In March there were reports that the defense department would issue new guidelines for the bidding it would undertake to purchase two brand-new frigates. So far these haven’t been issued.
“I don’t understand why after more than a year of negotiations, Aquino suddenly aborted the purchase of the Italian frigates,” a military officer said. “And at a time when we obviously need all the naval assets we can get our hands on.”
Aquino’s sudden decision to junk the purchase of the Italian frigates has triggered rumors in the global military-equipment industry. There are reports that DND officials, for unknown reason, suddenly became interested in South Korea’s Incheon-class frigates. (More on that this week.)
The earliest estimate, according to Navy officials for the two new wished-for frigates to be in the Navy’s hands to defend us from “bullies”, would be by early 2015.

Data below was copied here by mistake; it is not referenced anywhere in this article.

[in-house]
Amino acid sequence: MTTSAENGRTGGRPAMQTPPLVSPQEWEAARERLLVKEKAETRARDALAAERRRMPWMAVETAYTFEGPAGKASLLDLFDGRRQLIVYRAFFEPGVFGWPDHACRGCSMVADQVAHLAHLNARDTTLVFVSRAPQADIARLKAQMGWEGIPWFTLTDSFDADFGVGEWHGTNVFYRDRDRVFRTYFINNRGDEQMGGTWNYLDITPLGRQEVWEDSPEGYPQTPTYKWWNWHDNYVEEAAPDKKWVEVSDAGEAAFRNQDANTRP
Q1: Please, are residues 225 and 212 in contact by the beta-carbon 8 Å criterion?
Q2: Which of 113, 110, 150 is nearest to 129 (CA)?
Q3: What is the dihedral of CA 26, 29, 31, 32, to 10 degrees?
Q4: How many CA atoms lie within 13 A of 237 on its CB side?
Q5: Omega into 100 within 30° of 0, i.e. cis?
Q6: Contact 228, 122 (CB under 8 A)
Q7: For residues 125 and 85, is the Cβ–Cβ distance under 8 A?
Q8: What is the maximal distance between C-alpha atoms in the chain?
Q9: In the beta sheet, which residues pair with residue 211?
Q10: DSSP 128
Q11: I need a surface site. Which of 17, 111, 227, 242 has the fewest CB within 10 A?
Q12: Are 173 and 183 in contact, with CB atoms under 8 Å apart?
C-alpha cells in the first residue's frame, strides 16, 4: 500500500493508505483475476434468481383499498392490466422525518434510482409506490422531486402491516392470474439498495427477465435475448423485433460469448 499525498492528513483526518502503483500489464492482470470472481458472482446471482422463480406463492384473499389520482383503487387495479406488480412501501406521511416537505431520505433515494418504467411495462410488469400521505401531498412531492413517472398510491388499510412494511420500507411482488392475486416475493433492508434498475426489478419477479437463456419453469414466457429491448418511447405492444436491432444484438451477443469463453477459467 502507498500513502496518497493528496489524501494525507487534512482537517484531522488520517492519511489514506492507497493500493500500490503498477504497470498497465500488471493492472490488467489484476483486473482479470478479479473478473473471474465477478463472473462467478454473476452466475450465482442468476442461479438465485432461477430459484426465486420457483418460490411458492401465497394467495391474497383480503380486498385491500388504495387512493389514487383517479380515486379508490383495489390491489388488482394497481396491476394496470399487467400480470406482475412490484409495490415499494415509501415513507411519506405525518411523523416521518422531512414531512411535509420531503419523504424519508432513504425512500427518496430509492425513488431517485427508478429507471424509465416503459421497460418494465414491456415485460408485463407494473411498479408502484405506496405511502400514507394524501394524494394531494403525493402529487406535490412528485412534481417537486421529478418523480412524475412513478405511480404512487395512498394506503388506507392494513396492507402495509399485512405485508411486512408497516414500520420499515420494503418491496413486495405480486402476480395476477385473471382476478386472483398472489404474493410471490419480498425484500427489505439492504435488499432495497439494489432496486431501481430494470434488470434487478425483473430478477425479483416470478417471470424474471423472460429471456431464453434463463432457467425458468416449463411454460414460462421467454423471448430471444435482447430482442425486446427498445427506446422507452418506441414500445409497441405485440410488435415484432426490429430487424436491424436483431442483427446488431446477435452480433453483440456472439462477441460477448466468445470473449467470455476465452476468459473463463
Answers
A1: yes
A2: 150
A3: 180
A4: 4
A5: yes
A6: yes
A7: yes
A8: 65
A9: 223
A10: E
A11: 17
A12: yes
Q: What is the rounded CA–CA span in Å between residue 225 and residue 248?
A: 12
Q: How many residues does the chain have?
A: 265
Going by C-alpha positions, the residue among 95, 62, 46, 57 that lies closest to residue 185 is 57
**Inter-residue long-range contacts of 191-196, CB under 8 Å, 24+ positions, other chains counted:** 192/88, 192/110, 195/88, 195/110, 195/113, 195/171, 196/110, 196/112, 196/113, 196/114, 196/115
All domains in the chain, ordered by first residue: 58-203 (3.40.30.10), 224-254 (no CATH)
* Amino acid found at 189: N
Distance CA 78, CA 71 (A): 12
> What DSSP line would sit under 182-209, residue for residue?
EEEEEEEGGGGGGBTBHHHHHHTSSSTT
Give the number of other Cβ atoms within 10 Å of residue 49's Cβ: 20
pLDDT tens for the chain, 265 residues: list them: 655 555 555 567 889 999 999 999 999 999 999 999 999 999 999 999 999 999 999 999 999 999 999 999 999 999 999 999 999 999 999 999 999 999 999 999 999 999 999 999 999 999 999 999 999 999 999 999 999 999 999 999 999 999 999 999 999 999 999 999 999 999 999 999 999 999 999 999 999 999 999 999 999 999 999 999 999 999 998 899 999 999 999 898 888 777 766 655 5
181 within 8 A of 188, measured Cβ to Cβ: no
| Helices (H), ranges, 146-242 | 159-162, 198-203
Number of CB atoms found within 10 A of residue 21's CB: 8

The only other addition to our naval assets therefore this year will be the Hamilton-class cutter BRP Ramon Alcaraz (USCGC Dallas), another 45-year US Coast Guard hand-me down, which was transferred to our Navy last year. Its refitting and repairs in South Carolina had taken longer than expected because, according to a Defense-industry blog, its deterioration had been underestimated.
Aquino said in his speech that the ship will arrive in the country in August.
However, the French news agency reported that, according to the president, the Philippines, by 2017, “would acquire two new frigates, two helicopters capable of antisubmarine warfare, three fast vessels for coastal patrols and eight amphibious assault vehicles (emphasis mine).”
What? In 2017, after he will have stepped down? And he is asking the Navy to fight “bullies” with warships it will acquire three years from now? He is rattling sabers he will get only in the future?
Websites: www.trigger.ph and www.rigobertotiglao.com